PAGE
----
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Tech and Marketing 101 for New Agents

December 23 2011

Victor Lund, RE Technology CEO, brings us this crash course for new real estate agents.

Real estate is a popular second career to many Americans. NAR and local REALTOR® Associations combine with local real estate brokers to support you in learning the industry and preparing for the license exam. However, getting your license is only a foundational step to starting your career. There is much more to learn.

The local Multiple Listing Service, or MLS, is the first software that you will need to learn and master. As you are learning the MLS system, be sure to take advantage of training offered by the Association and MLS. The MLS system is the most important business tool that you will learn.

In most markets around the nation, the local Association or MLS also offers a forms product. The contracts used in real estate have been digitized to make them easy to fill out, sign, and manage electronically. There are many (check out some options in our product directory); it is important that you ask your broker which solution they suggest. These forms are very important, and represent a key element of customer representation. Practice reviewing commonly used forms with a friend or family member to gain confidence in your ability to explain them. You may also want to inquire about the electronic signature tools.

You may even want to contact the software vendor to see if they have training or will provide you with a system walk-through. You will find that they are only too happy to help.

With your real estate license in hand, a firm understanding of the MLS system, and contracts – you are ready to start hunting for that first client. What you do to market your business will evolve over time, and become your “secret sauce.” You will learn from speaking to other agents that most business in real estate comes from referrals.

Begin by announcing your new career to everyone. Updating your profile on popular social media websites like Facebook, LinkedIn, and Twitter can be effective. RE Technology has a number of articles to help you get started with social media if you are unfamiliar.

Sending letters with your new business card is also a helpful way to connect with people in your sphere of influence to announce your new career. If you want to have some high impact, you can use your brokerage or MLS CMA tool to create a complementary analysis of their property and send it along. Like forms and digital signatures, there is probably a CMA tool offered with your Association or MLS membership. Otherwise, your brokerage is likely to have a software vendor that supports this common activity. Here is a list of CMA software vendors. Feel free to reach out to any of them to learn the best way to create a CMA.

This activity will not only endear you to your sphere of influence, but it is an excellent way to practice your new trade, and learn about market conditions in the area. Active listings, distressed properties, and recently sold properties dictate market values. Be sure to drive around the neighborhoods after you have completed your research to take a look at the area. Look at the amenities around the properties – shopping, restaurants, hospitals, and schools. Take notes and take your own photos. When possible, go on a Saturday morning when homeowners are having yard sales – it is a great time to have conversations with people who live in the area to hear what they like or dislike.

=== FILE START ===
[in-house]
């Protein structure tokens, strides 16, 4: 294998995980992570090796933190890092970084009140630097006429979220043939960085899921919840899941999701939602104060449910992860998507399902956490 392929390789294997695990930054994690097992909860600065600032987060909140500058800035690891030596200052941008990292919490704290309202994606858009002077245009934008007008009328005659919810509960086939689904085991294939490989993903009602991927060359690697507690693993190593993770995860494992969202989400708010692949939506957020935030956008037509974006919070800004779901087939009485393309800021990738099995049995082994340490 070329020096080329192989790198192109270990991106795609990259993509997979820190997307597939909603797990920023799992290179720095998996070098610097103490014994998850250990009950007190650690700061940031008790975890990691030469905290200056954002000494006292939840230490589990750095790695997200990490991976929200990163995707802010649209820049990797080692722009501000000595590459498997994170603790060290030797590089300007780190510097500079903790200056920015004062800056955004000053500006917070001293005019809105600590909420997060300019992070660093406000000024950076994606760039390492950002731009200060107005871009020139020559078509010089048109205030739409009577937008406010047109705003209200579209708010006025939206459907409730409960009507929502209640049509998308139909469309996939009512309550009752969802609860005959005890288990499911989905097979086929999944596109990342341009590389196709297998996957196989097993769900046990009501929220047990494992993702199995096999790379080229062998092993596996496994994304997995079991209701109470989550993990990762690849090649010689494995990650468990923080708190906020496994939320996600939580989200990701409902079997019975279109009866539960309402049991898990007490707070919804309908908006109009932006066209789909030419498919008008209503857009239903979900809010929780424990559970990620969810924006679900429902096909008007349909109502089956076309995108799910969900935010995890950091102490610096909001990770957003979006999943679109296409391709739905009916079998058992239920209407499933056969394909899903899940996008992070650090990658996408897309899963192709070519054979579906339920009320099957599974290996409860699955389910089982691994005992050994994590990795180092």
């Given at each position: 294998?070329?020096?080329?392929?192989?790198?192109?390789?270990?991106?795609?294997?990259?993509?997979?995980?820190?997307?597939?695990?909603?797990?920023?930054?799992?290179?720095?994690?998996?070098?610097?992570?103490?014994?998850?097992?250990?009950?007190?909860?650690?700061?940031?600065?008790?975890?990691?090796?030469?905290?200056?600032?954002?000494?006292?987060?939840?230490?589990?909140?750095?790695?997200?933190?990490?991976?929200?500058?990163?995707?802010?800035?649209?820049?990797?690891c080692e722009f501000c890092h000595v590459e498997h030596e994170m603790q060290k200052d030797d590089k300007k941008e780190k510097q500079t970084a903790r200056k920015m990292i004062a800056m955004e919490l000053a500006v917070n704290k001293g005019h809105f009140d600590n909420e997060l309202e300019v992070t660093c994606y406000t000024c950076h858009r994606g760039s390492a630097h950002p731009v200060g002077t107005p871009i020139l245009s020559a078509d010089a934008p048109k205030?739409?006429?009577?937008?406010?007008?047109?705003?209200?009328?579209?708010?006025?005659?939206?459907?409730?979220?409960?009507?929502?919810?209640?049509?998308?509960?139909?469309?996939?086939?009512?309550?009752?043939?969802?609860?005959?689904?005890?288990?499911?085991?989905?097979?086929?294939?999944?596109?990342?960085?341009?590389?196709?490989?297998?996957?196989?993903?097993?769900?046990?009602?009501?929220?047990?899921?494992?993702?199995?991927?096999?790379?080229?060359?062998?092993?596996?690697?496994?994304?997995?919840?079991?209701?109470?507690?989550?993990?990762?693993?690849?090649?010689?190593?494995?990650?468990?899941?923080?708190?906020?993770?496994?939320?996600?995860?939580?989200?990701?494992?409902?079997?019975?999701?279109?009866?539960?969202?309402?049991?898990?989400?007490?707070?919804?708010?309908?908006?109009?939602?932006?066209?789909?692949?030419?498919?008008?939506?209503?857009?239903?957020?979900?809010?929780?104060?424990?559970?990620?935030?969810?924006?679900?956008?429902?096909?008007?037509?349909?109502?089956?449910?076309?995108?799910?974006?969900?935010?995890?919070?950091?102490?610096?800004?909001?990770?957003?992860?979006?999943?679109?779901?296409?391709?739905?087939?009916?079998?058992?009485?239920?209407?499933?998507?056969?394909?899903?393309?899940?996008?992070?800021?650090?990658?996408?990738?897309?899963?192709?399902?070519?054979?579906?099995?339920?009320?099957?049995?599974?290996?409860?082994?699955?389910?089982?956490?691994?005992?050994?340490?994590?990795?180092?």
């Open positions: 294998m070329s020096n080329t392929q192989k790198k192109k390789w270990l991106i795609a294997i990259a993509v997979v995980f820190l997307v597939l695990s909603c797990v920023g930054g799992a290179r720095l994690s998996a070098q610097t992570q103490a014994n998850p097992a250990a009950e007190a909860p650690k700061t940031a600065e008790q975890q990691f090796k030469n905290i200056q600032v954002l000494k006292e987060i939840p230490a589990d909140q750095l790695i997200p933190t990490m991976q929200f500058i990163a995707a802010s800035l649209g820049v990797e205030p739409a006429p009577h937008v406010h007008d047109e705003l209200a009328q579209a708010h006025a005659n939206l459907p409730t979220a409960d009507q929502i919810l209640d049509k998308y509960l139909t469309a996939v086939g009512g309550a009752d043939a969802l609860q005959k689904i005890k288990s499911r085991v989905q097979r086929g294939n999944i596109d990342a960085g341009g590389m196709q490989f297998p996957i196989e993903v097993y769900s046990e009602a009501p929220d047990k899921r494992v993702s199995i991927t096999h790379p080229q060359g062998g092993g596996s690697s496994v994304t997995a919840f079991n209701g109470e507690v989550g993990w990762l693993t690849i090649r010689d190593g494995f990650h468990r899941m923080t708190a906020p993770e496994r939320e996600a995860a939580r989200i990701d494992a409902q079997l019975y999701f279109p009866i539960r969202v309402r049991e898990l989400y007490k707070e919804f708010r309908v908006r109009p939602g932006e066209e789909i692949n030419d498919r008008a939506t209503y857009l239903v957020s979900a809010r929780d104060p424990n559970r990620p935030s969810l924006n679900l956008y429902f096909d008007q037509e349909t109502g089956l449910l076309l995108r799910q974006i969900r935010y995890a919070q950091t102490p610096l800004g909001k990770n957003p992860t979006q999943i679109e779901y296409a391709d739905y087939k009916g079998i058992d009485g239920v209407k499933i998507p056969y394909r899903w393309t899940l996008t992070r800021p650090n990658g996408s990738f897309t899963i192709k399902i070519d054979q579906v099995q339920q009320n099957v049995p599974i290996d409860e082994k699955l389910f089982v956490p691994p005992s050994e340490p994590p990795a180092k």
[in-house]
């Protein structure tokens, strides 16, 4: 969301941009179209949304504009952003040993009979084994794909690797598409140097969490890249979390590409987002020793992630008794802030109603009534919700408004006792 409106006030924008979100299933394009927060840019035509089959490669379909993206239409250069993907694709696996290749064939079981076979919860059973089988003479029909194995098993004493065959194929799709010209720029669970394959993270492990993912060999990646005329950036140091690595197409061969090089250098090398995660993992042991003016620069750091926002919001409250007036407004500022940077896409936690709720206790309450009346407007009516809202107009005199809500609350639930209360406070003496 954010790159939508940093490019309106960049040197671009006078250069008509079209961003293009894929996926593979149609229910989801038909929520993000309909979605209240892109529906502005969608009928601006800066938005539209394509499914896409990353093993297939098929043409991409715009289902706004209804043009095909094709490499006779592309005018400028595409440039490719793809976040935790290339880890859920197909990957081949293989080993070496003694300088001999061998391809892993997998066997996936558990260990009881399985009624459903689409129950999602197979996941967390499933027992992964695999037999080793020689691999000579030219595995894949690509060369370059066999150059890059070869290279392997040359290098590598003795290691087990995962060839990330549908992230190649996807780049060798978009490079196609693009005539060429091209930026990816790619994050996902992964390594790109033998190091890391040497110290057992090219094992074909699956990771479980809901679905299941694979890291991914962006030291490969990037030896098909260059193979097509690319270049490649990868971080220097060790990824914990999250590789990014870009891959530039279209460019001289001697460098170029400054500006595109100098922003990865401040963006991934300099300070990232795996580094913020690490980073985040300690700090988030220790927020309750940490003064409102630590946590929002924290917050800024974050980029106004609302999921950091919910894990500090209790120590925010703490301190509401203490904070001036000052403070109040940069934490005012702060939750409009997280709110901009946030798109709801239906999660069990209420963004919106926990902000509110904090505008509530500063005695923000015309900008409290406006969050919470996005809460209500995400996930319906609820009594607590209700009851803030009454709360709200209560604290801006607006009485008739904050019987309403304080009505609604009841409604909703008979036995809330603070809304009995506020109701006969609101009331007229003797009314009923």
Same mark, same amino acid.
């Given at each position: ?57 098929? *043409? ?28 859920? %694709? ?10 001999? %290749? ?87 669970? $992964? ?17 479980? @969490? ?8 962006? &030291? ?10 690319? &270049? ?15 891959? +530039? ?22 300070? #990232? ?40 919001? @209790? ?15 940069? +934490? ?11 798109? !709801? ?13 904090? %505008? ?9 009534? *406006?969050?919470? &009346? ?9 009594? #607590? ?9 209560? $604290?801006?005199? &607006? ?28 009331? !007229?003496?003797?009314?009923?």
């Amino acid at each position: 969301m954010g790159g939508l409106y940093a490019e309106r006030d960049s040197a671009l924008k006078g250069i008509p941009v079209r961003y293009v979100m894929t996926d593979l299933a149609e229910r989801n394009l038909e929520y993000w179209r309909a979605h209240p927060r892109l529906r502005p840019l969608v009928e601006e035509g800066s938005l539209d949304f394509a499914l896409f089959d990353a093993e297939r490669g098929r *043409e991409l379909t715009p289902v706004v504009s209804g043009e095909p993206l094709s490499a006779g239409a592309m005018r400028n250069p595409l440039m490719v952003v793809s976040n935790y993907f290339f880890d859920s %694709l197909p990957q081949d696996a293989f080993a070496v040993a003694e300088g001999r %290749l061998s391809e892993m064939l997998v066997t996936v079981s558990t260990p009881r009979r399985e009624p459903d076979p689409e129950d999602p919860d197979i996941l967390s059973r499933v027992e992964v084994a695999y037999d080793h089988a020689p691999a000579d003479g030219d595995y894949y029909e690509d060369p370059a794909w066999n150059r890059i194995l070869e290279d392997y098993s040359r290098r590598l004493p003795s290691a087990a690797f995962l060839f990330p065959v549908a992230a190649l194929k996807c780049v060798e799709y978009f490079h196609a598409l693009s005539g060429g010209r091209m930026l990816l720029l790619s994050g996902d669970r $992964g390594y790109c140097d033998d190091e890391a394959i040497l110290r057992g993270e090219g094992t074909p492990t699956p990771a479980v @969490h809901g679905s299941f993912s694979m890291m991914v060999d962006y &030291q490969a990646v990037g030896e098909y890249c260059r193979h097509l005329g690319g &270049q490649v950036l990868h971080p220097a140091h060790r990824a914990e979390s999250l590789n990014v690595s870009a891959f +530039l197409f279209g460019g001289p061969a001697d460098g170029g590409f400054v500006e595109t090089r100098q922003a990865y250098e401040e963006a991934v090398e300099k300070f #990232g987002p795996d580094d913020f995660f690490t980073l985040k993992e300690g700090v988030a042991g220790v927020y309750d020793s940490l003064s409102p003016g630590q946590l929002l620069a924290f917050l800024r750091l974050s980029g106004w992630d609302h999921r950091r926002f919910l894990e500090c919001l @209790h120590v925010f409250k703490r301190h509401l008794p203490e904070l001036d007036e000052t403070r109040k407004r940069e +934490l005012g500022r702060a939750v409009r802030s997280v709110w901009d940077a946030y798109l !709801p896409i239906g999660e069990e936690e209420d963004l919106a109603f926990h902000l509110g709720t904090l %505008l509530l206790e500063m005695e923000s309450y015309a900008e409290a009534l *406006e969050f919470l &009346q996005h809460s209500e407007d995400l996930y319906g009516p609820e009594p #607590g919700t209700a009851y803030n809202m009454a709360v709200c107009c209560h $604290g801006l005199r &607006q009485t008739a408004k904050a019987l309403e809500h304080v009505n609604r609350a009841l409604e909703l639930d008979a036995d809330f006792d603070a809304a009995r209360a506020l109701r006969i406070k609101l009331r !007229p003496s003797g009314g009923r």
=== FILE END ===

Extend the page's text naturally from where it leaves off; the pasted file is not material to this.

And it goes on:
Most agents begin their career as buyer’s representatives. Knowing the areas around your market place and being able to convey lifestyle and market trend stories to your clients (usually while driving around to see homes) is a key trait for you to establish. Develop a route around town that highlights community features and avoids less savory sights (but do not avoid disclosing an area’s weaknesses).

Another way to market yourself is to ask some agents if you can advertise their listing and hold an open house. Advertising open houses is expensive and time consuming - so an agent with a lot of listings may not be able to market them all. The open house will allow you to meet lots of potential homebuyers, as well as people in the neighborhood who may be considering a home sale. This will also give you an opportunity to learn about lockboxes and showing software.

Be sure to start your career off right. Build a database of everyone you meet. You can use Microsoft Outlook for this, but you would be better off with a contact management solution (CRM). It will support you with staying in touch with customers and managing your business and marketing. There are lots to choose from - check them out in our product directory.

As you begin working with customers, you will find that the Internet plays a significant role in home buying and selling. It is important that you become very familiar with websites like Listingbook, Trulia, Zillow, Realtor.com, Homes.com, and Homefinder. Do searches on all of these sites like you are a consumer. All of these companies have rich information on their websites about how they support real estate professionals with online marketing. Be sure to attend the webinars or call them. If you can afford some online advertising, it is a great way to get customers to reach out to you.

Other articles of interest: Top Producer IDX | Consumer 2.0: The Empowered User